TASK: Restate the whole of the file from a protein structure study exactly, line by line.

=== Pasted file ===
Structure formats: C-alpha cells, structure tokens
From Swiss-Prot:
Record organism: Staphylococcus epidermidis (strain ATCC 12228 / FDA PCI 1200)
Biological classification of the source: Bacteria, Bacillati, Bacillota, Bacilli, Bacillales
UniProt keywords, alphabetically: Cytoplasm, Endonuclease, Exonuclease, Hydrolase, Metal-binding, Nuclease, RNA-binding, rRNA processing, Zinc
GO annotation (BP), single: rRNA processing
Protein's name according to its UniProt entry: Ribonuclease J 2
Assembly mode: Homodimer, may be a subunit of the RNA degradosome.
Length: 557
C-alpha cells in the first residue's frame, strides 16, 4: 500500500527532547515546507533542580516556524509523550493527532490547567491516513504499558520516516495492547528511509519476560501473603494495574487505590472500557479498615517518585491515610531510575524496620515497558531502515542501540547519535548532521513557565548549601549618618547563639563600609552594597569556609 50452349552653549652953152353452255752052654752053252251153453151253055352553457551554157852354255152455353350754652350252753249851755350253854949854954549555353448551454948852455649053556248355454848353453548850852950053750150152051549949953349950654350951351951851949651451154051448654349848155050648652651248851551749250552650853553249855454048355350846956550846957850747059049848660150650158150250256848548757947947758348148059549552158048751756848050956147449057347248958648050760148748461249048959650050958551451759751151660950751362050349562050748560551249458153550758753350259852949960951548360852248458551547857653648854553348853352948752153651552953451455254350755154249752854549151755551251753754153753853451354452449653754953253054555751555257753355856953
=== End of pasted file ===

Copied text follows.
Structure formats: C-alpha cells, structure tokens
From Swiss-Prot:
Record organism: Staphylococcus epidermidis (strain ATCC 12228 / FDA PCI 1200)
Biological classification of the source: Bacteria, Bacillati, Bacillota, Bacilli, Bacillales
UniProt keywords, alphabetically: Cytoplasm, Endonuclease, Exonuclease, Hydrolase, Metal-binding, Nuclease, RNA-binding, rRNA processing, Zinc
GO annotation (BP), single: rRNA processing
Protein's name according to its UniProt entry: Ribonuclease J 2
Assembly mode: Homodimer, may be a subunit of the RNA degradosome.
Length: 557
C-alpha cells in the first residue's frame, strides 16, 4: 500500500527532547515546507533542580516556524509523550493527532490547567491516513504499558520516516495492547528511509519476560501473603494495574487505590472500557479498615517518585491515610531510575524496620515497558531502515542501540547519535548532521513557565548549601549618618547563639563600609552594597569556609 50452349552653549652953152353452255752052654752053252251153453151253055352553457551554157852354255152455353350754652350252753249851755350253854949854954549555353448551454948852455649053556248355454848353453548850852950053750150152051549949953349950654350951351951851949651451154051448654349848155050648652651248851551749250552650853553249855454048355350846956550846957850747059049848660150650158150250256848548757947947758348148059549552158048751756848050956147449057347248958648050760148748461249048959650050958551451759751151660950751362050349562050748560551249458153550758753350259852949960951548360852248458551547857653648854553348853352948752153651552953451455254350755154249752854549151755551251753754153753853451354452449653754953253054555751555257753355856953